Wednesday, December 17, 2008
Lessons from the breadline, part 1
Welcome to the first of a semi-regular series on "things I'm learning while unemployed." With today marking two weeks since I entered the job market again, I thought it was an excellent time to lead the examined work life. And if you're unemployed -- or once were unemployed -- or might possibly BE unemployed at some point in your life -- then chime in with your thoughts as well!
LESSON 1: The milk of human kindness flows like honey (and other mixed metaphors) in times of crisis.
People blow me away. I so much as send out one email or tweet, and I get a flood of helpful responses and advice back.
Allison Fine at Demos put me in touch with as many fine people in her Rolodex as she could think of. Josh Levy at Change.org told me to find the narrative that threads through my diverse resume. Jessica Clark of Build the Echo pointed me toward progressive job sites such as DemocraticGain.org. And they're just the tip of the iceberg. Wait until the next edition of this series, and I guarantee this list will go on, and on, and on ...
LESSON 2: You become your habits, whether you recognize it or not.
My work was between my church and my gym. I didn't even have to cross a street to get from one place to another. But now that a very large piece of my daily life was removed from that destination equation, the others are thrown into turmoil. How do I work out if I don't have to go downtown? How do I get to activities at church on time in the evening if I'm not already right there? Do I still get a membership discount? Should I wait to cancel? Should I pull out of volunteering?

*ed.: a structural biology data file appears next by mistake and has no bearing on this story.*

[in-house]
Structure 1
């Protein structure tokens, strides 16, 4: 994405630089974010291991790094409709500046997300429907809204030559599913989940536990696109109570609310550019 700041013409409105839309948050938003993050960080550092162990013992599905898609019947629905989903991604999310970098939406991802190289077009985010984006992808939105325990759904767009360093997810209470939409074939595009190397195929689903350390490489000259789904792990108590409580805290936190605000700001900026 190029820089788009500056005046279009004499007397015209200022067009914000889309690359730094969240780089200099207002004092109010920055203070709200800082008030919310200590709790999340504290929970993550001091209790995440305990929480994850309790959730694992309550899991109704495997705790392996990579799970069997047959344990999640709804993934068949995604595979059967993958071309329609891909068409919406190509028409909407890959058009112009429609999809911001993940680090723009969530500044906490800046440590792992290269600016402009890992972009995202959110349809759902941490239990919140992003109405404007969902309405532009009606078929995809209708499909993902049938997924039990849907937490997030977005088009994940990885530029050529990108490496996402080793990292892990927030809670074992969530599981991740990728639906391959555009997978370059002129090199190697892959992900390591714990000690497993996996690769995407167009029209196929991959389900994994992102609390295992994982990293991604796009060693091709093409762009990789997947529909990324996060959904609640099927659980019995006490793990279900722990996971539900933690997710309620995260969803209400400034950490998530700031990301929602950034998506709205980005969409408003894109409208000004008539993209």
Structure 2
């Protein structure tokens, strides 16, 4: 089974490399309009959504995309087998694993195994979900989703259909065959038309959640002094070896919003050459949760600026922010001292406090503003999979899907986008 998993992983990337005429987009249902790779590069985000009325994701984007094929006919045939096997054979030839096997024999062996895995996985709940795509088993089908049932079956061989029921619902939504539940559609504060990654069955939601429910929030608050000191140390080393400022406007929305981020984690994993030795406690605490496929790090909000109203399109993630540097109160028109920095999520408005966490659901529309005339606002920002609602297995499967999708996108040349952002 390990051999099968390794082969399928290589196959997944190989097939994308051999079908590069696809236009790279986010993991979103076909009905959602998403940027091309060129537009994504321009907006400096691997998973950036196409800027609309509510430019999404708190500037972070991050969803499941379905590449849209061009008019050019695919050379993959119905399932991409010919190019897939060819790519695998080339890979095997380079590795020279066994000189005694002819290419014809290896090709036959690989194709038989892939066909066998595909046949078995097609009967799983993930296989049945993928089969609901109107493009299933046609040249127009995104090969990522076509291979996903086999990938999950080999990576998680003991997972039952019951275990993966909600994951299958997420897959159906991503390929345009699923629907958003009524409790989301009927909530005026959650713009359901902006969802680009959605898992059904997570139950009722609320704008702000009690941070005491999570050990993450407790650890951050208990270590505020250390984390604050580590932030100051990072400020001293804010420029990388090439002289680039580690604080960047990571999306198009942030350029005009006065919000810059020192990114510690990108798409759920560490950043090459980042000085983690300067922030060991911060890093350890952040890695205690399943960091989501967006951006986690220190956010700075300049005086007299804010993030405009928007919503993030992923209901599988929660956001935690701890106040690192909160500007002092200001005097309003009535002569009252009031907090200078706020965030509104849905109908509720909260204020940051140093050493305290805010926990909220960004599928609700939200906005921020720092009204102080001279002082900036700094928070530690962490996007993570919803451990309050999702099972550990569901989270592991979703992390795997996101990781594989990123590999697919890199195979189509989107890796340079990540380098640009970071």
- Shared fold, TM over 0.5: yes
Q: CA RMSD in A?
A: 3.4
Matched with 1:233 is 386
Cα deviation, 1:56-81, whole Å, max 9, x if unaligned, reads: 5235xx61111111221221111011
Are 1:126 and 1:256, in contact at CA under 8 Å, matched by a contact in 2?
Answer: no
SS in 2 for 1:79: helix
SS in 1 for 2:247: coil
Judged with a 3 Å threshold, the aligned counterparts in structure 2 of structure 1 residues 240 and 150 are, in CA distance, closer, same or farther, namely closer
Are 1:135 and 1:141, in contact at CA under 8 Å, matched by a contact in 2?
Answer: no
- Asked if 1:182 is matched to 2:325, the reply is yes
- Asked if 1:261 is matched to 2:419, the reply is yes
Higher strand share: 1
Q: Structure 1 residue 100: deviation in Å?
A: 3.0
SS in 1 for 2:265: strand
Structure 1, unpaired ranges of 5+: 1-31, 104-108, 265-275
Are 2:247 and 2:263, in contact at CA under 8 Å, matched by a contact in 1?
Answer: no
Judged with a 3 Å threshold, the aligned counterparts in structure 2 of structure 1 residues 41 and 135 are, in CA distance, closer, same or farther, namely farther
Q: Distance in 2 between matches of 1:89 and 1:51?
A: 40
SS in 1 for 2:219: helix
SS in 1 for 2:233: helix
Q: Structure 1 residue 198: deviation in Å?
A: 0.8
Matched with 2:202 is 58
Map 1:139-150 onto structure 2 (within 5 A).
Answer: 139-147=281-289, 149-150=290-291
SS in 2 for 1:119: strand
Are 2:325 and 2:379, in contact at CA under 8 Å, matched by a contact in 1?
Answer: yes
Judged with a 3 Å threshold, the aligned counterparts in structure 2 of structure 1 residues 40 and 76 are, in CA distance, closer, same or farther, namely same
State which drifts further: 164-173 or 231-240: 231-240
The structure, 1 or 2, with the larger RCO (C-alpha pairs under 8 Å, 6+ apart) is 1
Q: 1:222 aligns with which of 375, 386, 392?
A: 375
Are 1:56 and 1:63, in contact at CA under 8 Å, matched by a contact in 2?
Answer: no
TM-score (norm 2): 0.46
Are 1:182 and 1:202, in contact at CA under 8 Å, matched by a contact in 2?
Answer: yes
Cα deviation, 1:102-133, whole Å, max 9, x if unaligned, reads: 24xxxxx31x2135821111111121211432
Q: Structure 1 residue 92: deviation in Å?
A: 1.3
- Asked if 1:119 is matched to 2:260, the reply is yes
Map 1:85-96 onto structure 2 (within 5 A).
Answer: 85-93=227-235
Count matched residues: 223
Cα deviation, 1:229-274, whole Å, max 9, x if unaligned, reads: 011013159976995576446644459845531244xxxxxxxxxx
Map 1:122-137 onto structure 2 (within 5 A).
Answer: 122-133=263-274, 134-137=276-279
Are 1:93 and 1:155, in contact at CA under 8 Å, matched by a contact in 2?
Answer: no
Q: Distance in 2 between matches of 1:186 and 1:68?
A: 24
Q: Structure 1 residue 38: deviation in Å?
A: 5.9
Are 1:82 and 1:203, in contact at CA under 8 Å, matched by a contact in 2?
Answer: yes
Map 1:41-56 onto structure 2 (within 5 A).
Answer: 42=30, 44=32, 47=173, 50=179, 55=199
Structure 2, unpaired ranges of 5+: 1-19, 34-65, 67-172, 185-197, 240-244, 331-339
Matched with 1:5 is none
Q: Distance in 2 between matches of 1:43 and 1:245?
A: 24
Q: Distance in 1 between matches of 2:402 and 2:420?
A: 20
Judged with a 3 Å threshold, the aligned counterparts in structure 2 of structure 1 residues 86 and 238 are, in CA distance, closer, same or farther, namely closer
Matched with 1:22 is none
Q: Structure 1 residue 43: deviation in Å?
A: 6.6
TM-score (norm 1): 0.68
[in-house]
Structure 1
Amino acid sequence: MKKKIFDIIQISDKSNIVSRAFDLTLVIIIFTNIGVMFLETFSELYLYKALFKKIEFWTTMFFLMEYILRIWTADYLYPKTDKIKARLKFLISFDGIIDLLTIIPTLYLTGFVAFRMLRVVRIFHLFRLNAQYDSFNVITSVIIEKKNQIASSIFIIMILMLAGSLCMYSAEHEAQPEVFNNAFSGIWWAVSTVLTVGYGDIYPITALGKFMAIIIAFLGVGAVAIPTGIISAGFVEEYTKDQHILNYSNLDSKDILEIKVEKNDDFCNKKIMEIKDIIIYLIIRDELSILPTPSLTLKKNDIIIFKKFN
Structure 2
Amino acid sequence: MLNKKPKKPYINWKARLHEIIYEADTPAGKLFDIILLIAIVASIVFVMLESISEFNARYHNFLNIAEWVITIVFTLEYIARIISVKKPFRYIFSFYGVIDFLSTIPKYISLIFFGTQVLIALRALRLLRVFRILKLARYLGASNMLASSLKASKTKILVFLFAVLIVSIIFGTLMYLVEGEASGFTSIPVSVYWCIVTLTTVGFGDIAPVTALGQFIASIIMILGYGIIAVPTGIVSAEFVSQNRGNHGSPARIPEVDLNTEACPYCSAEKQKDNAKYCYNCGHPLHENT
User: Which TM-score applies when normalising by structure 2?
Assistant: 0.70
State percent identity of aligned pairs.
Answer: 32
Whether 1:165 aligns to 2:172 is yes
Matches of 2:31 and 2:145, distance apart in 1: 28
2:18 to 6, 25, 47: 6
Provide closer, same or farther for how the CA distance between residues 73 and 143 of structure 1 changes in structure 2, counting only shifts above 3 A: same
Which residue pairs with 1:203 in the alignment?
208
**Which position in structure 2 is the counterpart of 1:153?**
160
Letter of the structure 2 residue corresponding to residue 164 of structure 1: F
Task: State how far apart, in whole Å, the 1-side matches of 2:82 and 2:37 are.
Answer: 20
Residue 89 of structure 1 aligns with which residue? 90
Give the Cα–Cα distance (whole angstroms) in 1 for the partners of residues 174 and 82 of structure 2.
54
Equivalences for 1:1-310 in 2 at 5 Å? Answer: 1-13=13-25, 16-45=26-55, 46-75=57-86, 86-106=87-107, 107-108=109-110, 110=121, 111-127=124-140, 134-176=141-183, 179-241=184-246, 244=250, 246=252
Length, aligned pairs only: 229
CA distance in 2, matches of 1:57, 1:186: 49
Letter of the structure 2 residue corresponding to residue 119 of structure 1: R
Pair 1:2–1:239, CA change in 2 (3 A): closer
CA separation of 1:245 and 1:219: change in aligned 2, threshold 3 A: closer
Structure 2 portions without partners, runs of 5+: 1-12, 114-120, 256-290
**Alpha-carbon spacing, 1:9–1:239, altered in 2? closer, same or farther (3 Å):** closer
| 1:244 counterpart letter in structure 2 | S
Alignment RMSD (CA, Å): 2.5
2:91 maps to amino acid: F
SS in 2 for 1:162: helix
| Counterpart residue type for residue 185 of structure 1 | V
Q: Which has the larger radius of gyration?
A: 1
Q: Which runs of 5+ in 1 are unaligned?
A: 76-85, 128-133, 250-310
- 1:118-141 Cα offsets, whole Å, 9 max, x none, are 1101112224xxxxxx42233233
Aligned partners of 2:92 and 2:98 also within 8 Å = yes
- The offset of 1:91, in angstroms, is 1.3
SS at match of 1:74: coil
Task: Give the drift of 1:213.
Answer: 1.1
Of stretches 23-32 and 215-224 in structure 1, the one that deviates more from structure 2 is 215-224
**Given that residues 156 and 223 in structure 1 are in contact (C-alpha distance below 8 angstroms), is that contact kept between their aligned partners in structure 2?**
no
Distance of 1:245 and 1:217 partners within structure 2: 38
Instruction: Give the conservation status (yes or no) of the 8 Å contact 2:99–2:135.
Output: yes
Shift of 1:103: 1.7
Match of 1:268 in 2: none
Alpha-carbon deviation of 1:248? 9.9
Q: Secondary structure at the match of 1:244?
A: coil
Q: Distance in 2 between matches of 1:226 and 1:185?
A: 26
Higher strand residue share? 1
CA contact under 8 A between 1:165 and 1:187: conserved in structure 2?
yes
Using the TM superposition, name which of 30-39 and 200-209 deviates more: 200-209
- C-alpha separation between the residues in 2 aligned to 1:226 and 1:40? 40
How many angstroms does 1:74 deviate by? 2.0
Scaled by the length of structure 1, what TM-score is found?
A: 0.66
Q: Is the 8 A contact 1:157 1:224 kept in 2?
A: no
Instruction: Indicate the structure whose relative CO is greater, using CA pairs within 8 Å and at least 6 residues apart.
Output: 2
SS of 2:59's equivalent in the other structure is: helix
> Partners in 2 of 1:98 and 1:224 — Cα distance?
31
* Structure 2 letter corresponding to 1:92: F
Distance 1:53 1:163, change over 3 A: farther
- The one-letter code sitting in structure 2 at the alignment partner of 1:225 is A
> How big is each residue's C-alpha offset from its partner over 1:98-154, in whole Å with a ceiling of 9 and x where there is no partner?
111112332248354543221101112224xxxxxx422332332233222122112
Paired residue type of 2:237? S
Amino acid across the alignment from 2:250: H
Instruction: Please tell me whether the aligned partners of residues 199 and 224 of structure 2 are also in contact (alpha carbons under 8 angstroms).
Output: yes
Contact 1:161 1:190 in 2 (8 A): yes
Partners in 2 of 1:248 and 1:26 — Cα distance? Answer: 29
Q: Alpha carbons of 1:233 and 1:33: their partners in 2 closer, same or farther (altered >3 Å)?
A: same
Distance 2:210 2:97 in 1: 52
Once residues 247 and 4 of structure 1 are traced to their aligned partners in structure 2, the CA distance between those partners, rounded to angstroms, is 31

Point is, you don't realize how many little pieces make up your day-to-day life until you're forced to change them all. And though it might sound odd, this upends my sense of order and stability more than the prospect of months without a paycheck.
LESSON 3: Really, don't sweat the small stuff. Or the big stuff. Or the medium stuff. Do it, just don't die for it.
I worked some very long hours before Thanksgiving to prepare for our website launch. I faced a lot of stress and agita right when I got back, too. But by Thursday of that week, it didn't matter anymore. Suddenly all these VERY IMPORTANT TASKS were easily shunted off to the remaining people, or deleted, or ignored, or canceled, or rendered meaningless by different decisions. So I had to ask myself, was it worth getting so upset along the way?
And that's how I learned that I must strike a better balance between passion and stress. Because the caveat is, all my work COULD have mattered even more. I could have stayed employed, in which case all those balls would still be in play. So I will absolutely always do what I need to do to fulfill my job responsibilities and continue growing. I just won't sacrifice my sanity or health to it.
Ok, your turn. What wisdom have you gleaned from the breadline?
Photo by Nemo's great uncle